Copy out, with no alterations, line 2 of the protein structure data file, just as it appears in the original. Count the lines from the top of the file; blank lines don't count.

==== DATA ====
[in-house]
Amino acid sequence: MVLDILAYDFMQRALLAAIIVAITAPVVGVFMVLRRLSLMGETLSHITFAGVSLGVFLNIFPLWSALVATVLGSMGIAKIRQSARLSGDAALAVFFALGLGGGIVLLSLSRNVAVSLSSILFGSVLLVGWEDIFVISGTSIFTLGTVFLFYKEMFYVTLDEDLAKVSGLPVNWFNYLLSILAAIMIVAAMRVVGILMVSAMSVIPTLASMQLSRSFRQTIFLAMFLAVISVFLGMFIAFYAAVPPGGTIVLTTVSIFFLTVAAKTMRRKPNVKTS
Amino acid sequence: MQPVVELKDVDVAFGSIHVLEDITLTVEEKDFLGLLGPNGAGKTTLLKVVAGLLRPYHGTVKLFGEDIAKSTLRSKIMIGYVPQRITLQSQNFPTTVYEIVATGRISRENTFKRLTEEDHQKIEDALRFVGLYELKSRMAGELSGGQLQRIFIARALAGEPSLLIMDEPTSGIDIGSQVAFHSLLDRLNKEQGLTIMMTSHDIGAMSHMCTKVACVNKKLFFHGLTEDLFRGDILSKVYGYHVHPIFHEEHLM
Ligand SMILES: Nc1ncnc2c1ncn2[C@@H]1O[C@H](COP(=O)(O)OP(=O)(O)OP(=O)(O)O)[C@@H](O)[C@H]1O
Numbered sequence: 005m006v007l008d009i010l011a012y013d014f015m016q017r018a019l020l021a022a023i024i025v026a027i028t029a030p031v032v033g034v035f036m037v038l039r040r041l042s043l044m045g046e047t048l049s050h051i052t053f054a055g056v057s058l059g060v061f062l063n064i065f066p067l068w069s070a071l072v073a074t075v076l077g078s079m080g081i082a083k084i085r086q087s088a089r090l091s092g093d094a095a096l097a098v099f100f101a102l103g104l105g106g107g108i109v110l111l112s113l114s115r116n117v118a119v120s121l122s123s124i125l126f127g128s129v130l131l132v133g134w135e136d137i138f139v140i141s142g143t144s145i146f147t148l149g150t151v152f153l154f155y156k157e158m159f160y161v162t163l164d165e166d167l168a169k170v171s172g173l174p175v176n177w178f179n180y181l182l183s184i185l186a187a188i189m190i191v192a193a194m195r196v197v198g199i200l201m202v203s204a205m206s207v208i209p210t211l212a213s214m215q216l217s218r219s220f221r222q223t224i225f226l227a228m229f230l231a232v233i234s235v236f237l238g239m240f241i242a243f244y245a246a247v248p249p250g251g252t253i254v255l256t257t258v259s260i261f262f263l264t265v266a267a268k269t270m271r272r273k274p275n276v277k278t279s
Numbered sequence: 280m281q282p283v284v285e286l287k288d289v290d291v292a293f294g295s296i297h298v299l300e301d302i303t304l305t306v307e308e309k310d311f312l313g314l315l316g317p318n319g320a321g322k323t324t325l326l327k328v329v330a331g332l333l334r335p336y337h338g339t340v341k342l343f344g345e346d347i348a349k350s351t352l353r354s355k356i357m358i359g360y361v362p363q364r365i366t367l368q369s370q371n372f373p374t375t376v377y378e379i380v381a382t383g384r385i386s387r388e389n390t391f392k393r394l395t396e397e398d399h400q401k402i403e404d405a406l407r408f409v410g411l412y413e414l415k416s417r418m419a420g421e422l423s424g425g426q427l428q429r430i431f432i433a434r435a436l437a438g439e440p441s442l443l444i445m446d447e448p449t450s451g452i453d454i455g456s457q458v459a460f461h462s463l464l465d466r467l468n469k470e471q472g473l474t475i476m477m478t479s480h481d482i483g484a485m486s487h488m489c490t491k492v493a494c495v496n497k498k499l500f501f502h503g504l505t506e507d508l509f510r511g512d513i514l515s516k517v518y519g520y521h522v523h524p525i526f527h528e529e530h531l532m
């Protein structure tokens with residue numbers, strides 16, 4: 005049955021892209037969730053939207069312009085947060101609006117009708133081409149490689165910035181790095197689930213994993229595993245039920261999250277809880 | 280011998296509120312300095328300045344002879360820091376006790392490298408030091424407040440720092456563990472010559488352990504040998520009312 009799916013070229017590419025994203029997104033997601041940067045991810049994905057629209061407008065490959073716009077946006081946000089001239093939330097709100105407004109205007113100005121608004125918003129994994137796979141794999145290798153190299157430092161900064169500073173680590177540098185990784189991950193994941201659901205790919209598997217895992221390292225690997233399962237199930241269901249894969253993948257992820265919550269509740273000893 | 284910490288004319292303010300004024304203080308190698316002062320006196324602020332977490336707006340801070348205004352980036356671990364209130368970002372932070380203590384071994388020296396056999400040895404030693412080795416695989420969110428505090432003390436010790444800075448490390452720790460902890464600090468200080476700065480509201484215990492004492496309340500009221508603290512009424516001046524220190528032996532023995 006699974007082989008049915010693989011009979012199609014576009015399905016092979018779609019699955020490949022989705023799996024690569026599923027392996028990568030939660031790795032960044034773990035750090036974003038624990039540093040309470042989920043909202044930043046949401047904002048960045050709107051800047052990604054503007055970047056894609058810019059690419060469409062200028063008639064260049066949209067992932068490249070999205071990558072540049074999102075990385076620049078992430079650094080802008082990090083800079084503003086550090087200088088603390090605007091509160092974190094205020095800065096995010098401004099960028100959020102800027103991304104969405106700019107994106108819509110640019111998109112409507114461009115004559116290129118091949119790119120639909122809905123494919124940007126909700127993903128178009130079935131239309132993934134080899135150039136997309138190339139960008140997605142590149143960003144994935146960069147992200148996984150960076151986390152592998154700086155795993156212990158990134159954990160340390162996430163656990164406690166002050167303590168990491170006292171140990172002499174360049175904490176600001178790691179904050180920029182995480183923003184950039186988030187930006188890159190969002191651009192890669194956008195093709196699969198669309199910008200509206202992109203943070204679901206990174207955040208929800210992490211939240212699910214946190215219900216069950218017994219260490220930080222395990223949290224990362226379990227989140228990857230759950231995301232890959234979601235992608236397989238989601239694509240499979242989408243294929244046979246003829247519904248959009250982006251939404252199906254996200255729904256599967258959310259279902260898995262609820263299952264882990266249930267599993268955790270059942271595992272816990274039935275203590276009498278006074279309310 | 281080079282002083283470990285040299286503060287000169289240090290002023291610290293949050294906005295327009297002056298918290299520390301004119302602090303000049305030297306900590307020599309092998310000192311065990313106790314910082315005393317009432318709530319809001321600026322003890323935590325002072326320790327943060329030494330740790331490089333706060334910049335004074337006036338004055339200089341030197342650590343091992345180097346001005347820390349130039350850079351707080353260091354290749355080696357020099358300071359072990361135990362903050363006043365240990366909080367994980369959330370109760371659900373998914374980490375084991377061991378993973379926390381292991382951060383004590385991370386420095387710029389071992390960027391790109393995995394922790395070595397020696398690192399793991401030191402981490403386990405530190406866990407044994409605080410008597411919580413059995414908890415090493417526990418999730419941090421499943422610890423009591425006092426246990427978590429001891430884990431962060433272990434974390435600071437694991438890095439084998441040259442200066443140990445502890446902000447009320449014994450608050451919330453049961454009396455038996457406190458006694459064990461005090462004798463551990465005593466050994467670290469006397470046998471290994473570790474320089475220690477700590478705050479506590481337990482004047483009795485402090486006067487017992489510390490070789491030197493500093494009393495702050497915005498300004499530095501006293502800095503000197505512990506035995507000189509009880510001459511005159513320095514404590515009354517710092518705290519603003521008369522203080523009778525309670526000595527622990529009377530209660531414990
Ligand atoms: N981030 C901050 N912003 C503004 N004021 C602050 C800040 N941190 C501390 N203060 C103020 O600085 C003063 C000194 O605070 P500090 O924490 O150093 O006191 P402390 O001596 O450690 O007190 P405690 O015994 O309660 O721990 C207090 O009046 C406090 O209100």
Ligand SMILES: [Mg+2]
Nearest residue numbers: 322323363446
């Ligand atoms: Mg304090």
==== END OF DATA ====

Amino acid sequence: MVLDILAYDFMQRALLAAIIVAITAPVVGVFMVLRRLSLMGETLSHITFAGVSLGVFLNIFPLWSALVATVLGSMGIAKIRQSARLSGDAALAVFFALGLGGGIVLLSLSRNVAVSLSSILFGSVLLVGWEDIFVISGTSIFTLGTVFLFYKEMFYVTLDEDLAKVSGLPVNWFNYLLSILAAIMIVAAMRVVGILMVSAMSVIPTLASMQLSRSFRQTIFLAMFLAVISVFLGMFIAFYAAVPPGGTIVLTTVSIFFLTVAAKTMRRKPNVKTS